After many complaints, even more abandoned internet searches, and a lawsuit filed by the Federal Trade Commission (FTC), AT&T has finally changed its long-standing policy of throttling unlimited data users to unbelievably slow speeds once they reached a certain amount of data.
The adjustment is that unlimited data users will now only be throttled out of necessity, when they find themselves in areas with heavy traffic.
An AT&T spokesman who spoke with PCMag explained that “Customers on an unlimited legacy data plan may experience reduced speeds only when using data services at times when in an area where the network is experiencing congestion. Like other wireless companies, we manage our network resources to provide the best service possible for all of our customers”.
Prior to the adjustments, internet speeds would drop as low as half a MB per second, if not lower, after unlimited data users hit the 5GB mark (for LTE users) and 3GB mark (for 3G/4G).
Ironically, customers on a limited plan would typically end up using more than 5GB per month, having access to better internet speeds and services than customers on an unlimited plan.
To make matters worse, the policy seemed to be different for users depending on their smartphones: “customers on a 3G or 4G [HSPA+] smartphone with an unlimited data plan who have exceeded 3 gigabytes of data in a billing period may experience reduced speeds when using data services at times and in areas that are experiencing network congestion. Customers on a 4G LTE smartphone will experience reduced speeds once their usage in a billing cycle exceeds 5 gigabytes of data”.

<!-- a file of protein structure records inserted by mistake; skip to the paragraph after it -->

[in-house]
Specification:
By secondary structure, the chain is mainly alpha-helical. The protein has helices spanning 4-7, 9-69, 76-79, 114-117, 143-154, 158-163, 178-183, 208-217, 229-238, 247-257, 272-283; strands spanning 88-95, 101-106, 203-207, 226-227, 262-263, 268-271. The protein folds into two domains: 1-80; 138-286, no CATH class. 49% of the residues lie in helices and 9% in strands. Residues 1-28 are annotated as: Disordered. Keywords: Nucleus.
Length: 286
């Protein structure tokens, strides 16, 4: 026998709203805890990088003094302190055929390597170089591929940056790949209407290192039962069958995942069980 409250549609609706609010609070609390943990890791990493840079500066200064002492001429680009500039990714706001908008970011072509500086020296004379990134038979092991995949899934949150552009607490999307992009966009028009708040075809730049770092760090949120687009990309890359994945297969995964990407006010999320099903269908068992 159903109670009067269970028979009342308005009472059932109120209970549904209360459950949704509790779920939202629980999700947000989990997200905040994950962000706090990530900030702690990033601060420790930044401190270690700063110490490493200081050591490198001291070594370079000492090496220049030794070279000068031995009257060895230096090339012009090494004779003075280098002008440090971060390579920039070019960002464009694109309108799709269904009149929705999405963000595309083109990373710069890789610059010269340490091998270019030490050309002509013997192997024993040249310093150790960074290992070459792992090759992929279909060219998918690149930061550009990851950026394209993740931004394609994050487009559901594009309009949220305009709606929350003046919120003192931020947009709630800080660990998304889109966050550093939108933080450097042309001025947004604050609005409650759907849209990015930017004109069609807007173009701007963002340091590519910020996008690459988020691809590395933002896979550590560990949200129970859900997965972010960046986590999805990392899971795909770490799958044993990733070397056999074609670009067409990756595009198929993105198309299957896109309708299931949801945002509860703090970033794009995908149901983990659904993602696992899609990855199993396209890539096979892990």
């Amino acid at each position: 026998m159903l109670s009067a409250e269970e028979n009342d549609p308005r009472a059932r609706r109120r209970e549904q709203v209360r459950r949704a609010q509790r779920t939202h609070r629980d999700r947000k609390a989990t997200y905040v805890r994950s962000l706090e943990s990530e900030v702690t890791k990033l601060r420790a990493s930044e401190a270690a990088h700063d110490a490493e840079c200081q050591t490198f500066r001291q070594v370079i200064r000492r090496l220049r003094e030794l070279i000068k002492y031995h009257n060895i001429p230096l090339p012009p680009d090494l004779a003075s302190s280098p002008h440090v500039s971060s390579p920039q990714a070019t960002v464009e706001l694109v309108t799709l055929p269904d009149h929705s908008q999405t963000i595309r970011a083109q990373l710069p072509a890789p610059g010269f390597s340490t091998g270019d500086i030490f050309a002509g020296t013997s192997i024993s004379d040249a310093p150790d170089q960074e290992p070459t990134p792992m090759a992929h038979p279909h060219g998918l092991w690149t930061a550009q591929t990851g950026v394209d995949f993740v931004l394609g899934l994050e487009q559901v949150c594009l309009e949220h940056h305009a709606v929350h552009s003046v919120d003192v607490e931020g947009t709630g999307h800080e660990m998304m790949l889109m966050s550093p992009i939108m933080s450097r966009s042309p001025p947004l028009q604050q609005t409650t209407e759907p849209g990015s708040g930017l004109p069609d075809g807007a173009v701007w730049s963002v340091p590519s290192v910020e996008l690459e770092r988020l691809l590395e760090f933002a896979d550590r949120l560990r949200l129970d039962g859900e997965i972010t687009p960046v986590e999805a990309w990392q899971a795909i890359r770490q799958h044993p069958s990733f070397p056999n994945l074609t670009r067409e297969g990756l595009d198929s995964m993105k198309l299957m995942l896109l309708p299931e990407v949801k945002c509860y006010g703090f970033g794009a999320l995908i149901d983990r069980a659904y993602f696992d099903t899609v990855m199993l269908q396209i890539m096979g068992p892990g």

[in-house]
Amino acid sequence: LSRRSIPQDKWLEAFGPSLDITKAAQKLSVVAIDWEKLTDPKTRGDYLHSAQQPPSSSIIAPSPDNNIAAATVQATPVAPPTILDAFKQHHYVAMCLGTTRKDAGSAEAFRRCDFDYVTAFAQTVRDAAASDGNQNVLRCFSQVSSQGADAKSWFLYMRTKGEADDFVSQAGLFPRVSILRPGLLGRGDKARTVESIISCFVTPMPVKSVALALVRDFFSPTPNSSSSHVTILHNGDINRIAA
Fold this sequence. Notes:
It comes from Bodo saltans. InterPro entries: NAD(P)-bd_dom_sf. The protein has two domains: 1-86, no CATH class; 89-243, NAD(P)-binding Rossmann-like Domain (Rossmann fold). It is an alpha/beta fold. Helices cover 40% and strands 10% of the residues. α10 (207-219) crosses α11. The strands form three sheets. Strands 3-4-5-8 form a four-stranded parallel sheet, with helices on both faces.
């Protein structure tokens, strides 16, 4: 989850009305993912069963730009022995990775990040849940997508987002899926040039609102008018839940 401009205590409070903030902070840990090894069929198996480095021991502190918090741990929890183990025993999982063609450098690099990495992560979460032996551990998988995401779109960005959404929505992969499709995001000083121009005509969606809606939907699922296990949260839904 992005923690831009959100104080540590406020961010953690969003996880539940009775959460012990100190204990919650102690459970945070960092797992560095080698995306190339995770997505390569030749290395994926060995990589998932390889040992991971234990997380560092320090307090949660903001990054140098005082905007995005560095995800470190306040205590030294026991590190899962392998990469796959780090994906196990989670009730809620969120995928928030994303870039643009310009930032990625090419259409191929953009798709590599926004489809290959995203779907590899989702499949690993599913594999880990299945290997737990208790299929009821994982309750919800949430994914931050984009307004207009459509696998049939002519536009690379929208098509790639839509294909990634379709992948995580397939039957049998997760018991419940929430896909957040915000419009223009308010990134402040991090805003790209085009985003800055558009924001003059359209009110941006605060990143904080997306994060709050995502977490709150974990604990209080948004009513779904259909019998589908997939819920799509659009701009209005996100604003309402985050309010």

AT&T admitted no wrongdoing when facet with the FTC’s lawsuit and insisted that not throttling users would’ve led to worse speeds for all their customers. They did promise however to revise their policy.
Despite their statement, the unfortunate quality of the service was seen by some as tactic to encourage customers to move to more expensive monthly plans. AT&T discontinued their unlimited data plan years ago, but allowed user who already had them to keep using them.
The FTC is still pursuing the case, claiming that AT&T failed to help their customers understand that an unlimited data plan doesn’t necessarily mean unlimited high speed. They are actively seeking refunds for millions of users that may have misled or misinformed by AT&T.
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